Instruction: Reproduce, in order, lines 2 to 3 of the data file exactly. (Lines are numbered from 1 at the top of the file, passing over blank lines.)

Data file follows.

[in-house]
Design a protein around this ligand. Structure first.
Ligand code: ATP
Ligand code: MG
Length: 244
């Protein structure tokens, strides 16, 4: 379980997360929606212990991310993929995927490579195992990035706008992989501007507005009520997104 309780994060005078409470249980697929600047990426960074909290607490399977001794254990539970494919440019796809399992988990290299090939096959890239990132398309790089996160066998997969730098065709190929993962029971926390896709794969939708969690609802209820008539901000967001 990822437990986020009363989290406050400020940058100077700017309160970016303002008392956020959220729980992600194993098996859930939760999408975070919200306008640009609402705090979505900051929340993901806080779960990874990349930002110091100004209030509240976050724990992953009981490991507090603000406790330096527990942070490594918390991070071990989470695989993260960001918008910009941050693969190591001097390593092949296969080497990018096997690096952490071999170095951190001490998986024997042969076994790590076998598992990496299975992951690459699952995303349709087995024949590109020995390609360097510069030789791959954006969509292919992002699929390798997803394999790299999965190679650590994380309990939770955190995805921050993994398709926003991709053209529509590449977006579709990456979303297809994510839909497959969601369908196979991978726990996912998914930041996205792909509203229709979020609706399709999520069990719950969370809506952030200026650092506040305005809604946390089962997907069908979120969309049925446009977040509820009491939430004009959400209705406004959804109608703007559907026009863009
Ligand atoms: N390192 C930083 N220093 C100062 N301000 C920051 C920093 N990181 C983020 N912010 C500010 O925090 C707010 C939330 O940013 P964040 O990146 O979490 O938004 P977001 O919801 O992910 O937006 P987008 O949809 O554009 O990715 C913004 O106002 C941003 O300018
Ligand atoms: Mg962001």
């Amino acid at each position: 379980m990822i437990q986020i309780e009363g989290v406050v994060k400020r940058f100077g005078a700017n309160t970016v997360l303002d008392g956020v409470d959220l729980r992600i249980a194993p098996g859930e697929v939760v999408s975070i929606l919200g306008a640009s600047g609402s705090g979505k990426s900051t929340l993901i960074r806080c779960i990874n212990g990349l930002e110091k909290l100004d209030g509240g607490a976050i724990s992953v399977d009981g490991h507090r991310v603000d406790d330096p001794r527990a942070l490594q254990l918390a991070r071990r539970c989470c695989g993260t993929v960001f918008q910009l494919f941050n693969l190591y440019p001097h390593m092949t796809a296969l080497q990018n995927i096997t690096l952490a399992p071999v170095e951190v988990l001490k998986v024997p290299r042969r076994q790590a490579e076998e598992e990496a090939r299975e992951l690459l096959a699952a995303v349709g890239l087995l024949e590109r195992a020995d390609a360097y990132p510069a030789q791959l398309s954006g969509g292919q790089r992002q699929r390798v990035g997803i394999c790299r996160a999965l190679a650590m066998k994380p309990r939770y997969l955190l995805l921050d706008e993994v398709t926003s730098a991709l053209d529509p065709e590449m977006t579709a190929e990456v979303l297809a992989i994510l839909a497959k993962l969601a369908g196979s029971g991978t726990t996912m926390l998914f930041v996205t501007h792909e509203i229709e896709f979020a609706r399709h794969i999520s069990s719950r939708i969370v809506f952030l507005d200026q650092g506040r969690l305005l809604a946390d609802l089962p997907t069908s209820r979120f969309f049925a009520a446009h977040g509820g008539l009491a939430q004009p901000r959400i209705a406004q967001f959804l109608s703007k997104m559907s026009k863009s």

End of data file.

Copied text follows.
Design a protein around this ligand. Structure first.
Ligand code: ATP